Rabiah Gul: Muslim Women’s Studies / Political Science

gulRabiah Gul

Muslim Women’s Studies / Political Science
B.A. September 2013, Summa cum Laude
Home College: John Jay
Mentors: Profs. Dina Siddiqi, Psychology, Hunter & Susan Kang, Political Science, John Jay
Thomas W. Smith Academic Fellowship
John Jay Honors Program
Undergraduate Research Scholarship
Upper Division Scholarship
Young Scholars Award
LSAT Prep Program Scholarship Spring
John Jay College Leadership Award
Fordham Law School Latin American Law Students Association Fellowship
Thurgood Marshall Scholarship
New York State Black, Puerto Rican, Hispanic and Asian Legislative Caucus CUNY Scholar
Barbara Sproul Award
Dean’s List

Just prior to CUNY BA, Rabiah Gul was part of The Hijabi Monologues, a set of narratives of Muslim women. Her play, Wudu, a portrayal of performing a private Muslim religious ritual in a public place, was selected for inclusion; it was intended to “bring forth awareness about Islam, diminish negative stereotypes and eradicate misconceptions about American Muslim women.” The play was selected and published in John Jay’s journal, The Finest, receiving a CUNY Thomas Tam Honorable Mention. In CUNY BA, Gul now had the chance to create a unique program of study around her interests.

She says, “My academic background is interdisciplinary and intersectional, and so is my life, the way I view life and the way I present ideas. I like studying the American legal system, and think of social policies, domestic policies and international relations as all being intersectional. The U.S law interacts with various factors, not just gender or sex, but with economic class, religion, able-body, sexual orientation, race and ethnicity. I like to learn and educate others about domestic and foreign issues through interdisciplinary ways like writing plays, performing, blogging, writing, participating in research projects, interning and volunteering. I am passionate about helping various marginalized or minority groups. As a Muslim woman who is discriminated against and marginalized, from experiencing increased scrutiny at airports to watching the bans on face-veils and hijabs in France, I am sympathetic and motivated to help other minority groups and other women.”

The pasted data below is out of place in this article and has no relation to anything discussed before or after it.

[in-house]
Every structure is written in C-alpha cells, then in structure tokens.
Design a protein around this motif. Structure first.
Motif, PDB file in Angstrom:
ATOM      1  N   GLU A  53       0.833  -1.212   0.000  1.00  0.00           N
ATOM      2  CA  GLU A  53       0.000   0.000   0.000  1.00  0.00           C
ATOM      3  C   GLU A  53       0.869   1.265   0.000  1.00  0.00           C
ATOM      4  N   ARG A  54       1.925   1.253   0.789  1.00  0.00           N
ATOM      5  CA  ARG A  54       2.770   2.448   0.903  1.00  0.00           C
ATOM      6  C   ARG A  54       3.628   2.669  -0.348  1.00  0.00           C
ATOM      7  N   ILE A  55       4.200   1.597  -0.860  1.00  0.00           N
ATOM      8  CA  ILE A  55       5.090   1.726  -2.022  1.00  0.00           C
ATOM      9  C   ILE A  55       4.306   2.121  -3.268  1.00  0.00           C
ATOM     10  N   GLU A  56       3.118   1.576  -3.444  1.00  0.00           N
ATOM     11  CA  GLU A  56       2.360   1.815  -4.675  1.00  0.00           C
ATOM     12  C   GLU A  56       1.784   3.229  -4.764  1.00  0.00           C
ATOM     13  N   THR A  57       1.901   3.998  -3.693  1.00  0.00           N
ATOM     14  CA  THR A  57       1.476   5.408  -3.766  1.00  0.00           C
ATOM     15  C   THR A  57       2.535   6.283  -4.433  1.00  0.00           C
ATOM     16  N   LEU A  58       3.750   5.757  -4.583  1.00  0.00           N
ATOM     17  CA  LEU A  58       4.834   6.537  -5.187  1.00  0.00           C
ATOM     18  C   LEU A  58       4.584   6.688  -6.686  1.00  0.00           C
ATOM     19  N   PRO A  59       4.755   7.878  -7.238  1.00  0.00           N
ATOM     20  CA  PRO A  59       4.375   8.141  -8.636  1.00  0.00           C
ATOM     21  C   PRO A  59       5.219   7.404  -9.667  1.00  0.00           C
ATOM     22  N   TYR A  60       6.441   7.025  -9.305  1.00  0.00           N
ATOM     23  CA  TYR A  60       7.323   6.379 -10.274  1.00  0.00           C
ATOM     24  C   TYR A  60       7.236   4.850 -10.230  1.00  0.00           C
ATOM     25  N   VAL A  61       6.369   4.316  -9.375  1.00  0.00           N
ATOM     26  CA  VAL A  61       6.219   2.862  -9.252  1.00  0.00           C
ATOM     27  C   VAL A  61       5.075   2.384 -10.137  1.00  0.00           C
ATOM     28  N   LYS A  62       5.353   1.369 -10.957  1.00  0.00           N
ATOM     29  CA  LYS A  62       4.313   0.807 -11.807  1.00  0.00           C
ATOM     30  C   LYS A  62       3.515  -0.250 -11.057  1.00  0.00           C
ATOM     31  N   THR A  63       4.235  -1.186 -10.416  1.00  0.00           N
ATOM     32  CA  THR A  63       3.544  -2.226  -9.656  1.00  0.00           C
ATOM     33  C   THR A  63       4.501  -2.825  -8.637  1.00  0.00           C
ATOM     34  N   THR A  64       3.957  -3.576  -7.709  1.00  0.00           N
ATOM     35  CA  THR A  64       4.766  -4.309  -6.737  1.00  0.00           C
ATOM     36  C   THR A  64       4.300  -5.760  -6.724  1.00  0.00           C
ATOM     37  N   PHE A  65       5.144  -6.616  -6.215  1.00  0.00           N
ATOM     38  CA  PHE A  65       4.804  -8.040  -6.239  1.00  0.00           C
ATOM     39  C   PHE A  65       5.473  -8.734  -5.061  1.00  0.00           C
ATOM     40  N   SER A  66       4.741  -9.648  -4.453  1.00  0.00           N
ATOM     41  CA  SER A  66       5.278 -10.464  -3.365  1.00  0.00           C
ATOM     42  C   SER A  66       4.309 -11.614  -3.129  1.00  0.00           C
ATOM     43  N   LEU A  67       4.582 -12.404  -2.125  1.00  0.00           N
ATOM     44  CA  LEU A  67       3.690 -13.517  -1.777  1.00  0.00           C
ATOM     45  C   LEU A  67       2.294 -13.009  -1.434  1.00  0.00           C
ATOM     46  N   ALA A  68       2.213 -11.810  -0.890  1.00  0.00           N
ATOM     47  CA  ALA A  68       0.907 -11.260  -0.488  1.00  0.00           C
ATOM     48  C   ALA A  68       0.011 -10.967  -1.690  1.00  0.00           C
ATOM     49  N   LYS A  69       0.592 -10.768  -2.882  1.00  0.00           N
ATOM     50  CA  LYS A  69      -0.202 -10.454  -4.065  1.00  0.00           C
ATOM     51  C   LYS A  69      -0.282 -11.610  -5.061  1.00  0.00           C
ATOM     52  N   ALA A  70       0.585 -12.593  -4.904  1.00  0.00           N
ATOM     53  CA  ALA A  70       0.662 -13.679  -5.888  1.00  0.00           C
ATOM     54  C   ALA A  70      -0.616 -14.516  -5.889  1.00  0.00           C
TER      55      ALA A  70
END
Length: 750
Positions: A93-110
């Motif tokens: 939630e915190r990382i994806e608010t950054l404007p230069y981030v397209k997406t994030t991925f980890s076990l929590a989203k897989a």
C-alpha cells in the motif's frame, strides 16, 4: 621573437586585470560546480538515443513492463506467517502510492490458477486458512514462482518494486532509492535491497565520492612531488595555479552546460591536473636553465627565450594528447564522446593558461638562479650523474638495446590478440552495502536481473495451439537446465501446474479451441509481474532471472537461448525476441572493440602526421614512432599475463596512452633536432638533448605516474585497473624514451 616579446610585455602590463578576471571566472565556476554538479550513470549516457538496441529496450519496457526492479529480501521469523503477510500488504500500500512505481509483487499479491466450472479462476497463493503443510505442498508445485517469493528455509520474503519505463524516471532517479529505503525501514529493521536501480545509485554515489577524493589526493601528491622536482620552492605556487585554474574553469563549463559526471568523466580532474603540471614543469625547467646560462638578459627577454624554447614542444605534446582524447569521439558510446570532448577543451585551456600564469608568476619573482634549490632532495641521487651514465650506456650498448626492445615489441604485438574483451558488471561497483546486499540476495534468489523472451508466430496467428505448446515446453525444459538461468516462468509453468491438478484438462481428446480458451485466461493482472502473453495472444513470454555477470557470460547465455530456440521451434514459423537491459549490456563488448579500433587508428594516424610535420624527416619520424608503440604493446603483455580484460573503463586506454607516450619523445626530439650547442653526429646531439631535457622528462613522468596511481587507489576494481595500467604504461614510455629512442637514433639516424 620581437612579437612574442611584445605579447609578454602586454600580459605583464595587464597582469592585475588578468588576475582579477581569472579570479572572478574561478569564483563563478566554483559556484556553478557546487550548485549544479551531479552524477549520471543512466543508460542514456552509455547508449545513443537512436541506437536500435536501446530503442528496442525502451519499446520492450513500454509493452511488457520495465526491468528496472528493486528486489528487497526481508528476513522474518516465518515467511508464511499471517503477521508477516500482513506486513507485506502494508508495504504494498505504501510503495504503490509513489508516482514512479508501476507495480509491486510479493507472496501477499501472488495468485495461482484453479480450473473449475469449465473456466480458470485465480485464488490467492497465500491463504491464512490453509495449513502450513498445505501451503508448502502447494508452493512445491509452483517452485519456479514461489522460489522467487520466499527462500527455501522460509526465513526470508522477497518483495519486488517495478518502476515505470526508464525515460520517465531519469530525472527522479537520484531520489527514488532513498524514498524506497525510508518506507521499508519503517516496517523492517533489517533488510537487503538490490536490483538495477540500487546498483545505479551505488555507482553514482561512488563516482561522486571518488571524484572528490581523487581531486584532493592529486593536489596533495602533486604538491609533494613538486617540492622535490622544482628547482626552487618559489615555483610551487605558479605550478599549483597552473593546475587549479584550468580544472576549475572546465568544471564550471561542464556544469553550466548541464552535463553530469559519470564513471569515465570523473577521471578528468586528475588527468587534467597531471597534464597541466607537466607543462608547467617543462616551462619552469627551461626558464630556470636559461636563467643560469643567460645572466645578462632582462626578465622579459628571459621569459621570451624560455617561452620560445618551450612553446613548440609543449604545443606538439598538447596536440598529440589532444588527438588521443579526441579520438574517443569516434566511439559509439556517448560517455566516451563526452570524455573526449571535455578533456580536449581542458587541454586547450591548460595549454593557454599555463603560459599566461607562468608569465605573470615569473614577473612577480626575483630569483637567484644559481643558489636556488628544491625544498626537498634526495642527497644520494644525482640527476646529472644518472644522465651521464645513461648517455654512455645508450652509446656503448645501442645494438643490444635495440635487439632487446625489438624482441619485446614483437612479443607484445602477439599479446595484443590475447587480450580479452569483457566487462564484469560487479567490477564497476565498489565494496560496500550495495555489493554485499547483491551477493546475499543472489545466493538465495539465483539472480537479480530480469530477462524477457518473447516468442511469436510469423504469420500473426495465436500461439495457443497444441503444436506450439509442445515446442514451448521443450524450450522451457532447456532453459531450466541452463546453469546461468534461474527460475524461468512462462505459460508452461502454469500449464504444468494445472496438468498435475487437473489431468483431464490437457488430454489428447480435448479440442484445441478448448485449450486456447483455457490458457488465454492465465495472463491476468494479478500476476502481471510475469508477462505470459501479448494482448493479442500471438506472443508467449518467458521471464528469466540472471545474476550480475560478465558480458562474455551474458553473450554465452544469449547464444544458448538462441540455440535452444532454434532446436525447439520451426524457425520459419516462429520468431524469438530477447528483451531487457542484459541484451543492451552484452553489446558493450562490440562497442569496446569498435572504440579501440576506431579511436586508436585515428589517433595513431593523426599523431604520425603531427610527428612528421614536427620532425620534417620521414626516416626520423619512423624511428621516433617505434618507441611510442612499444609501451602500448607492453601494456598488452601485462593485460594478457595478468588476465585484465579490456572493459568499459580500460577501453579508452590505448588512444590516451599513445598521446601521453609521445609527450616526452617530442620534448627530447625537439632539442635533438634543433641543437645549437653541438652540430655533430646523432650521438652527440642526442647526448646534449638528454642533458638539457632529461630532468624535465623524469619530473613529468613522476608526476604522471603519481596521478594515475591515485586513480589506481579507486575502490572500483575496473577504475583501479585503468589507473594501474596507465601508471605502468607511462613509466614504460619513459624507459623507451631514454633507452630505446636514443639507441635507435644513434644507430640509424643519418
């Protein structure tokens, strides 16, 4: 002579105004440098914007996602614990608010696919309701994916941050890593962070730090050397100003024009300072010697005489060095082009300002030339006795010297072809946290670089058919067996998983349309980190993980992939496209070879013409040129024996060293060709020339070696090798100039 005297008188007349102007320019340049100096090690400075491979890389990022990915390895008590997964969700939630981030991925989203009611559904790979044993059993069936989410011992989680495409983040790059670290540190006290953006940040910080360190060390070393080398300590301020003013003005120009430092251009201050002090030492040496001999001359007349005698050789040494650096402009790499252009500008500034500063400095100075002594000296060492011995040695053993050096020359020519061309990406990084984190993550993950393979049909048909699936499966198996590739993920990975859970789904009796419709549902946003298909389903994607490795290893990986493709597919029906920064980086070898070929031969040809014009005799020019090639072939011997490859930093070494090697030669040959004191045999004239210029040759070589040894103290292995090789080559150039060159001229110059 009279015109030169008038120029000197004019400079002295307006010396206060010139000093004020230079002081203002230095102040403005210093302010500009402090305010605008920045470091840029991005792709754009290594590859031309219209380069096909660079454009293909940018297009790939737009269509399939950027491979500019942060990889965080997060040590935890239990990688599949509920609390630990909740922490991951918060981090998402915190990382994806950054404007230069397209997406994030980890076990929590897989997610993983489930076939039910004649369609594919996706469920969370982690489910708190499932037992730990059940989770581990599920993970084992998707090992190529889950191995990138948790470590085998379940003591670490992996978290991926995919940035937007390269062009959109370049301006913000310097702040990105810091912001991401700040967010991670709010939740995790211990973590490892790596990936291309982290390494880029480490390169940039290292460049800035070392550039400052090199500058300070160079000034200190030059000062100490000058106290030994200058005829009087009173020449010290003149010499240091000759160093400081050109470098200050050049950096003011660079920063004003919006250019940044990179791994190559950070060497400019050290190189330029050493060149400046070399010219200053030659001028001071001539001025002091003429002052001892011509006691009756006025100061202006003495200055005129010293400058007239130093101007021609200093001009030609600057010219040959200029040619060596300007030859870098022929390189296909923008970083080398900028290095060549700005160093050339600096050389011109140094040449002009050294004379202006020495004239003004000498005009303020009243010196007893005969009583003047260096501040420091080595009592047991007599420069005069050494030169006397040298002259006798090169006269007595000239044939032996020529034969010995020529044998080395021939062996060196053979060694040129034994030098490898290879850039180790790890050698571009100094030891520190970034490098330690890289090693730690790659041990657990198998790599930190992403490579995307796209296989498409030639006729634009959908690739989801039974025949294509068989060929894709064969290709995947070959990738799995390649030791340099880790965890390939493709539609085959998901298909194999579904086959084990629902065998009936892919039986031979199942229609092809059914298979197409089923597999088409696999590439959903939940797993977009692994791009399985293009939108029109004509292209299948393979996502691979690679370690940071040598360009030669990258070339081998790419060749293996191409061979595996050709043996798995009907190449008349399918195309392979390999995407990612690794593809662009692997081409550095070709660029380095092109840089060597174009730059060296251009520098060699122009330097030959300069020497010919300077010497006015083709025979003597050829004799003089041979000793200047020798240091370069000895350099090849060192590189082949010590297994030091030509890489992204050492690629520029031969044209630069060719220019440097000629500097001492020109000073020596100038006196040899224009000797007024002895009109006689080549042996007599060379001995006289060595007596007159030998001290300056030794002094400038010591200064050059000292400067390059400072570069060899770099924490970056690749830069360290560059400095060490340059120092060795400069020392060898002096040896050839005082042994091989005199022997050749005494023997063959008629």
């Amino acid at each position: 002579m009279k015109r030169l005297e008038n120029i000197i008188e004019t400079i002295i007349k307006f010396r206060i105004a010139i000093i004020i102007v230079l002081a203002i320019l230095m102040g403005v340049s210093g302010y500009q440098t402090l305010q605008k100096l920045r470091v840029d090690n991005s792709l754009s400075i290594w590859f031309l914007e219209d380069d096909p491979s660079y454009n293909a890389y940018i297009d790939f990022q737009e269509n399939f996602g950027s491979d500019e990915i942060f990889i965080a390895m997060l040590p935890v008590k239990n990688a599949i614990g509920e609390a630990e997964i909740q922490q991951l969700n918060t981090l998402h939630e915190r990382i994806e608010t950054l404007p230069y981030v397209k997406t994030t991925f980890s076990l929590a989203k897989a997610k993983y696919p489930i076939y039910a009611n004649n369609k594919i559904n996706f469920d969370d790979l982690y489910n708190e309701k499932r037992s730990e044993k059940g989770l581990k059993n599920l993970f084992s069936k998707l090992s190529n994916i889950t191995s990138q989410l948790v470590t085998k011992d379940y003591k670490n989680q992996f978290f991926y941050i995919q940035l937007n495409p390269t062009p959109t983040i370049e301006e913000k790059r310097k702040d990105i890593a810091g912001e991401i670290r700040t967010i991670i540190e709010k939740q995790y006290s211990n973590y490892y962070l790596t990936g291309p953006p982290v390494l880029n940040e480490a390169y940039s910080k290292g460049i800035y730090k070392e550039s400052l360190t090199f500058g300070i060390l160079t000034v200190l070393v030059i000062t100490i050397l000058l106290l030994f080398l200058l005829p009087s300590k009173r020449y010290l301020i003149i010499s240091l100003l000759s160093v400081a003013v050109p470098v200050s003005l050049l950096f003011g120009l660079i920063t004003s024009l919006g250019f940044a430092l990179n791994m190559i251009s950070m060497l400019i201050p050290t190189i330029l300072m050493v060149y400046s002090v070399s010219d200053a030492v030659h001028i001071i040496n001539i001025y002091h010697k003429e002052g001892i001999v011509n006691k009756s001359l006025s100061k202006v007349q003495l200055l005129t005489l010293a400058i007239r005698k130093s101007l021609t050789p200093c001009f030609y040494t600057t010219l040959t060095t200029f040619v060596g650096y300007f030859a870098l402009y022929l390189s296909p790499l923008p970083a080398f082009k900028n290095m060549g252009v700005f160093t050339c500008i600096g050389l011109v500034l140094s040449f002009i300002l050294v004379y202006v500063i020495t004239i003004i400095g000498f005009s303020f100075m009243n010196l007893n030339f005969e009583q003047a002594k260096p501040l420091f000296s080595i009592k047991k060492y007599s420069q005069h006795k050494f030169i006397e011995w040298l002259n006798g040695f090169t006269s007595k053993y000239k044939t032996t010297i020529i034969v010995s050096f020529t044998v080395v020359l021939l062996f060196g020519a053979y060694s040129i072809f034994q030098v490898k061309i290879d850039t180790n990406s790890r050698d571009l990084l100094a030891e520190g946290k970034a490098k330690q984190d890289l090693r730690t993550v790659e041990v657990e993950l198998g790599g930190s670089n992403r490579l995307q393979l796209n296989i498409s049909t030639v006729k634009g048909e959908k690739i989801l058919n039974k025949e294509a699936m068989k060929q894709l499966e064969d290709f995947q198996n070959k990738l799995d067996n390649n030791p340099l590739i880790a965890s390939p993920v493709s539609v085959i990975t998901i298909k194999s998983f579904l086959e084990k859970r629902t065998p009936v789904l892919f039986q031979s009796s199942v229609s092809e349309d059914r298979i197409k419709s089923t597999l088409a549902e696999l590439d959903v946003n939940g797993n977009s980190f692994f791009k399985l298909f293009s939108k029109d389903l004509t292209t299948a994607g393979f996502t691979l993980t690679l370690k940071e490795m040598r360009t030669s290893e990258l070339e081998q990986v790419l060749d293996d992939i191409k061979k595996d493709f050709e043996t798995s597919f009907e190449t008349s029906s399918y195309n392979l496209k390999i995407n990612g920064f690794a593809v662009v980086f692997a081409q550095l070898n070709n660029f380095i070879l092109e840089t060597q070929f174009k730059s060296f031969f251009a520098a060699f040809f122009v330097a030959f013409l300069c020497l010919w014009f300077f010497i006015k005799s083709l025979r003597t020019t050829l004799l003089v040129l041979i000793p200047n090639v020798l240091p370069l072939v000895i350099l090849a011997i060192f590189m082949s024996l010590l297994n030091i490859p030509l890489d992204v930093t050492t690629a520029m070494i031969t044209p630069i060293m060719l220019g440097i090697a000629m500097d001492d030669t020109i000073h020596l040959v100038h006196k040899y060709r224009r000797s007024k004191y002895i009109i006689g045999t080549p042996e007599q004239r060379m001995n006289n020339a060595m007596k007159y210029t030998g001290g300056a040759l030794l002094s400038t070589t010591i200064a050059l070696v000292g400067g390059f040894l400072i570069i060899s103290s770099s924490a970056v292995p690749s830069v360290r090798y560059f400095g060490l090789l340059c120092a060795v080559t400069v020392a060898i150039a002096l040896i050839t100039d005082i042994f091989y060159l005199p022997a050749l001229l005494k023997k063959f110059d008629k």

Gul’s studies covered Asian Studies, History, Law, Political Science, Religion, Sociology and Women’s Studies at John Jay and Hunter. She joined Prof. Stoudt’s Participatory Research Project, which sought to determine the extent to which the John Jay Women’s Center provides individuals, particularly for those who have experienced domestic violence, with appropriate resources. Through her research she discovered that the climate on campus among students was to normalize domineering and even homophobic behavior. The team presented the results to John Jay’s Gender Studies program and Women’s Center, and at the National Women’s Studies Association in California. Now she is working on a research project with the Chair of the Anthropology Dept., aiming to help pass legislation in banning the practices of female genital mutilation, forced marriages and honor killings in New York.

Gul interned with the Equal Employment Opportunity Commission helping to review and research charges and interview parties about their complaints of employer discrimination against age, disability, race, ethnicity, gender and religious-affiliation. Now she is interning in State Senator Bill Perkins’ office. “One project I am working on is attempting to preserve the ‘public’ in public education and public schools. The schools that Senator Perkins represents have predominately African American and Latino students and they have been targeted to close or instead have charter schools co-located in their buildings.” Gul has been responsible for helping reform public hearings on this topic to include previously disregarded voices and to create movements and coalitions on the issue.

Her senior thesis for an international relations class is a comparative case study of France and the United Kingdom, attempting to answer the question of why France has limited public religious expression and the U.K. has not. She is also doing an independent study at Hunter with Prof. Breiner (Religion) about women and Islam. “The thesis is about how Islam defines equality; my paper aims to prove that Islam is not patriarchal.”

Gul volunteers extensively with New York Cares and has served as President and V.P. of the Muslim Students Association. She will attend law school in the fall at the University of Dayton.